Makoto Yokoo received the B.E. and M.E. degrees in electrical engineering, in 1984 and 1986, respectively, form the University of Tokyo, Japan, and the Ph.D. degree in information and communication engineering in 1995, from the University of Tokyo, Japan. From 1986 to 2004, he was a research scientist of Nippon Telegraph and Telephone Corporation (NTT). He is currently a Professor of Information Science and Electrical Engineering, Kyushu University. His research interests include multi-agent systems, constraint satisfaction, and mechanism design among self-interested agents.
He served as a general co-chair of International Conference on Autonomous Agents and MultiAgent Systems in 2007 (AAMAS-2007), and as a program co-chair of AAMAS-2003. He is currently the president of International Foundation for Autonomous Agent and Multiagent Systems (IFAAMAS). He received the ACM SIGART Autonomous Agents Research Award in 2004, and the IFAAMAS influential paper award in 2010.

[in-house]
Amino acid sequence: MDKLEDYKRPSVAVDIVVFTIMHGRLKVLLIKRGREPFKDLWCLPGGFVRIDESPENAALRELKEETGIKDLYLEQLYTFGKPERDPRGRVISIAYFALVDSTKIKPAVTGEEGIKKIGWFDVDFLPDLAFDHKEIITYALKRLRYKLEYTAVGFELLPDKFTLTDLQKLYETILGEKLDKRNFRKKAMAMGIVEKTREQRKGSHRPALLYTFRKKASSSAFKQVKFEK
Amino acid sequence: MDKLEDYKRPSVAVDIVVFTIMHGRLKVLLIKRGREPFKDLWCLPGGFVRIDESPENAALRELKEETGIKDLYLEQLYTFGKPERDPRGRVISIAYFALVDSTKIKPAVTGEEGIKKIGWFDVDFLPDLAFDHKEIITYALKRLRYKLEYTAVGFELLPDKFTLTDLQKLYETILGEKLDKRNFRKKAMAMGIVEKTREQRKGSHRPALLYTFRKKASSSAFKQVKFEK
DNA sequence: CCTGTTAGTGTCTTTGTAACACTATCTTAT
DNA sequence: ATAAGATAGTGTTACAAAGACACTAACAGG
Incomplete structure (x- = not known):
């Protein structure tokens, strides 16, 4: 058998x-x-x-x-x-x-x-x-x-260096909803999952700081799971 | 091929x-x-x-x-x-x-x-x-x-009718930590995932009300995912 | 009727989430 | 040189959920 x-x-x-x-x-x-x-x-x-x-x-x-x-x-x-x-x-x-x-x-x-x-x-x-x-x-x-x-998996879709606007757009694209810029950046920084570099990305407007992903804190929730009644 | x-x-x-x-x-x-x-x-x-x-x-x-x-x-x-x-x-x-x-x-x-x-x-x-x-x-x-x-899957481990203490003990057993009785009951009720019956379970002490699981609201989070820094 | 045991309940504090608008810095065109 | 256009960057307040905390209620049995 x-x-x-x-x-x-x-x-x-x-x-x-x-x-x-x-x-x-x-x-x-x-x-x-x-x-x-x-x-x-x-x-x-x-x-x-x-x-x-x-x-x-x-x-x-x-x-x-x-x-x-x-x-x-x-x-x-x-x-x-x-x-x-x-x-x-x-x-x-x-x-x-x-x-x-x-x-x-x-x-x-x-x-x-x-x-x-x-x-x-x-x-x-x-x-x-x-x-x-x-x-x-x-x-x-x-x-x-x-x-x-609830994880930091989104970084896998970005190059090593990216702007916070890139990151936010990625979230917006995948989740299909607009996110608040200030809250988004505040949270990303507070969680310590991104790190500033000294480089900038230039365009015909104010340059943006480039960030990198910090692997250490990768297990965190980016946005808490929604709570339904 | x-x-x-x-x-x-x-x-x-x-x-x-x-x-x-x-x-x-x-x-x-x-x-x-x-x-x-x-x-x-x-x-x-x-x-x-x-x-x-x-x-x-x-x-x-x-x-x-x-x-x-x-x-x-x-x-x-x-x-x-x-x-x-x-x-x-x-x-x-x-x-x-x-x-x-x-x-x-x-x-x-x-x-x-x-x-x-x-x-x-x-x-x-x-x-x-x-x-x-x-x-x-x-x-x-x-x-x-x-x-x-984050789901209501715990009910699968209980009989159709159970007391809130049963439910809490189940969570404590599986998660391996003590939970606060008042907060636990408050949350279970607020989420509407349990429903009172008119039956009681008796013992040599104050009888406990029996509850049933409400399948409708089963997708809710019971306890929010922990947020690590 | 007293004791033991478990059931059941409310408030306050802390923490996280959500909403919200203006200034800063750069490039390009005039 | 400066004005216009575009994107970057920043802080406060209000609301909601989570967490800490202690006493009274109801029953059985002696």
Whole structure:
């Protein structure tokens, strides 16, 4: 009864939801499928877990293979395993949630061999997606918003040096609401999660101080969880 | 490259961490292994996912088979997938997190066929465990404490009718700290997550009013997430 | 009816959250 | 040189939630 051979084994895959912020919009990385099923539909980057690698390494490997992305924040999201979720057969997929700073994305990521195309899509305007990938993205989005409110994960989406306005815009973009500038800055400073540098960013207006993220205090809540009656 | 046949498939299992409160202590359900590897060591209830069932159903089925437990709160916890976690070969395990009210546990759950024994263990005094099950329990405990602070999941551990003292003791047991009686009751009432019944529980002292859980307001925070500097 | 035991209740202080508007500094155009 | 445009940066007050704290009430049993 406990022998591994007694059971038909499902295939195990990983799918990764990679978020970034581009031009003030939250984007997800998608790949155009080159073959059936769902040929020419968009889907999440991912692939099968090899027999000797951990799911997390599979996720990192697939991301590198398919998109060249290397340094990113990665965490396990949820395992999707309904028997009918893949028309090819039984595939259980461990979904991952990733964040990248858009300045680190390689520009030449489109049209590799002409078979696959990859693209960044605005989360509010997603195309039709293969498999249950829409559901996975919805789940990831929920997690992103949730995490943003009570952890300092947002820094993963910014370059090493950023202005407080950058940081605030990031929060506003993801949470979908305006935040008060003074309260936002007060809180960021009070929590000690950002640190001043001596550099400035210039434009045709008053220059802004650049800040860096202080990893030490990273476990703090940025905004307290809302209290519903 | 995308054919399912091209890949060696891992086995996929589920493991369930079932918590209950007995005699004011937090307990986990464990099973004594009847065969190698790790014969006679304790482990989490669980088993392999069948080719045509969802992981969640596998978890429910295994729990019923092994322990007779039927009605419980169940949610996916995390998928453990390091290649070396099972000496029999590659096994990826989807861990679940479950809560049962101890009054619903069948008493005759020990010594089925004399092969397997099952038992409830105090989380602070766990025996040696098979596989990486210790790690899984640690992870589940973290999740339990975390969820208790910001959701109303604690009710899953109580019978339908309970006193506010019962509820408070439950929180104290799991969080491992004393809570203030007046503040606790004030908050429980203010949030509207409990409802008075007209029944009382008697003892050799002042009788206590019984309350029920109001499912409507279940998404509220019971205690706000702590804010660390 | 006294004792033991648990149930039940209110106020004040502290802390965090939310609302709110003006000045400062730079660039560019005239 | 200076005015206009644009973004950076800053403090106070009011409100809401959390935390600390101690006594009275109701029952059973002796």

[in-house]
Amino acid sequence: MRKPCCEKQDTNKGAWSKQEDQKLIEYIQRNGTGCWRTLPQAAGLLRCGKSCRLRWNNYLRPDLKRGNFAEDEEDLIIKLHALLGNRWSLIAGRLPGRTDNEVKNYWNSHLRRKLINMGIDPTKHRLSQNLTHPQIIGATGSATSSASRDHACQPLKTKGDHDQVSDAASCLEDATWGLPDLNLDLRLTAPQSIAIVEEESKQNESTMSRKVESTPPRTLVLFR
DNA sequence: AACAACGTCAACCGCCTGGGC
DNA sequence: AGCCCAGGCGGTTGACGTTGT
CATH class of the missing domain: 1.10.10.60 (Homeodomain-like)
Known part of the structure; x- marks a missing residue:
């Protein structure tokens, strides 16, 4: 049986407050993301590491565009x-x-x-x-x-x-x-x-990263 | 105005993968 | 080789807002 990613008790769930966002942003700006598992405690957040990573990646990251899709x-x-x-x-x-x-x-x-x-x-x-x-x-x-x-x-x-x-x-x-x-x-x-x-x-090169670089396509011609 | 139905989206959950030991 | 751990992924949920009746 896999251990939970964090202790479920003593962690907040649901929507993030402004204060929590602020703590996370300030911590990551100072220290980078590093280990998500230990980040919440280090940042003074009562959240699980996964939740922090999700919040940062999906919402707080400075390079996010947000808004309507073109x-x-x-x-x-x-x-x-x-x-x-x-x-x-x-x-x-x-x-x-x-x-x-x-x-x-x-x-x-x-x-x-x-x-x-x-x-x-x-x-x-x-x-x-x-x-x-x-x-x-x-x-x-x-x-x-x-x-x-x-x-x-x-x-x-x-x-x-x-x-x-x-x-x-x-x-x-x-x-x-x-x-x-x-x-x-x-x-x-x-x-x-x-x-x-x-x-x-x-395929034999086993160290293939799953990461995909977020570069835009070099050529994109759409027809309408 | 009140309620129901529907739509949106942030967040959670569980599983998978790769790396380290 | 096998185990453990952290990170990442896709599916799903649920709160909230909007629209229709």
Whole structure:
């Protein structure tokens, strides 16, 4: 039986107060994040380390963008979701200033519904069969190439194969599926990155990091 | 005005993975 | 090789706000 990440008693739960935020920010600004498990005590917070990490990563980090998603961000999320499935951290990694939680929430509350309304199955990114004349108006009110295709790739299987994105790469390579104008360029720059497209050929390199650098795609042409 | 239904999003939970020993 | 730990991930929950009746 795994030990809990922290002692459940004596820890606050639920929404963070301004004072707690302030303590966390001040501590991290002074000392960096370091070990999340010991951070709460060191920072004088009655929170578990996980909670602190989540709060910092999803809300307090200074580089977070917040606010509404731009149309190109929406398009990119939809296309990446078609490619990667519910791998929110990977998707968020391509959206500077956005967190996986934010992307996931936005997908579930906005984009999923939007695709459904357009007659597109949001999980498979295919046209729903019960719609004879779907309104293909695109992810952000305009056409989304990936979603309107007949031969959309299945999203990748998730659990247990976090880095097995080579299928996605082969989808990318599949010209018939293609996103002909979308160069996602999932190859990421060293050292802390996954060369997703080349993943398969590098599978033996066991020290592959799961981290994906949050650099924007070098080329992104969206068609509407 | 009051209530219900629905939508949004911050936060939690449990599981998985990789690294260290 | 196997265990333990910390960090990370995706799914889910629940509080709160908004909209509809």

Repeated games provide a formal and quite general framework to examine why self-interested agents to cooperate in a long-term relationship. Formally, repeated games refer to a class of models where the same set of agents repeatedly play the same game, called the 'stage game', over a long (typically, infinite) time horizon. The case where agents can perfectly observe each other's actions (perfect monitoring) is extensively studied; there exist rich theoretical results including the well-known folk theorem, which shows that any cooperative outcome is possible under several mild assumptions. However, in reality, long term relationships are often plagued by imperfect monitoring, i.e., agents cannot directly observe each other's actions; they observe signals that imperfectly reveal what actions have been taken. Repeated games with imperfect monitoring are classified into two categories: the case of public monitoring, where players commonly observe a public signal, and the case of private monitoring. where each player observes a signal that is not observable to others. The imperfect public monitoring case shares many features with the perfect monitoring case, and we now have a good understanding of how it works. In contrast, the imperfect private monitoring case is still in its infancy. However, quite recently, we found that there exists a strong relationship between the equilibrium analysis in the imperfect private monitoring case and POMDP planning. In this talk, I sketch the main results of repeated games and describe how we can utilize POMDP techniques to analyze an equilibrium in the imperfect private monitoring case.